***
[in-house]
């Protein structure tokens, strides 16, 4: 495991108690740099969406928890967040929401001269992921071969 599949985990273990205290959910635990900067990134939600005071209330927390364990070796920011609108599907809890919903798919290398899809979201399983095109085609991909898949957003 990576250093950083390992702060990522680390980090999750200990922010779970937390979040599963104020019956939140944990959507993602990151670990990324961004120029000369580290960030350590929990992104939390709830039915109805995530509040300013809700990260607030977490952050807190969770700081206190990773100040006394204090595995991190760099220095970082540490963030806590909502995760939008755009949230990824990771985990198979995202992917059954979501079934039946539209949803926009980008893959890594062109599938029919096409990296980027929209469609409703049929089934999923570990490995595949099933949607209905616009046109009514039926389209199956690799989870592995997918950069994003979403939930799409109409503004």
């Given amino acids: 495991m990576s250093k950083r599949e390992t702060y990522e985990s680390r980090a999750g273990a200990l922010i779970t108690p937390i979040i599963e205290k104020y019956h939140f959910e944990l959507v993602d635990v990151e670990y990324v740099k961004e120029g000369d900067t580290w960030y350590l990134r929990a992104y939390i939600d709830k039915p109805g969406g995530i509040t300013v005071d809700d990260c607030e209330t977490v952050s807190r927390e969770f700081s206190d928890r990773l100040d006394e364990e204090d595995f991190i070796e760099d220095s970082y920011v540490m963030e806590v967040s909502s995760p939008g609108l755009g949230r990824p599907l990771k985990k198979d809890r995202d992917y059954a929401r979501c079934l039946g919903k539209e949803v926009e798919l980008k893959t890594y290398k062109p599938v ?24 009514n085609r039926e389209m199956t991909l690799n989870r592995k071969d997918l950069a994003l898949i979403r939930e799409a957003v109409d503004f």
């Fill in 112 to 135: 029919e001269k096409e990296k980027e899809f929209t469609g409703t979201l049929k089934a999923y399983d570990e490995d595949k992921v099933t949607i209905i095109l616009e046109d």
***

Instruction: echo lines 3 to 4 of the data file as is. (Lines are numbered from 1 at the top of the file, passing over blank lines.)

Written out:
């Given amino acids: 495991m990576s250093k950083r599949e390992t702060y990522e985990s680390r980090a999750g273990a200990l922010i779970t108690p937390i979040i599963e205290k104020y019956h939140f959910e944990l959507v993602d635990v990151e670990y990324v740099k961004e120029g000369d900067t580290w960030y350590l990134r929990a992104y939390i939600d709830k039915p109805g969406g995530i509040t300013v005071d809700d990260c607030e209330t977490v952050s807190r927390e969770f700081s206190d928890r990773l100040d006394e364990e204090d595995f991190i070796e760099d220095s970082y920011v540490m963030e806590v967040s909502s995760p939008g609108l755009g949230r990824p599907l990771k985990k198979d809890r995202d992917y059954a929401r979501c079934l039946g919903k539209e949803v926009e798919l980008k893959t890594y290398k062109p599938v ?24 009514n085609r039926e389209m199956t991909l690799n989870r592995k071969d997918l950069a994003l898949i979403r939930e799409a957003v109409d503004f």
């Fill in 112 to 135: 029919e001269k096409e990296k980027e899809f929209t469609g409703t979201l049929k089934a999923y399983d570990e490995d595949k992921v099933t949607i209905i095109l616009e046109d």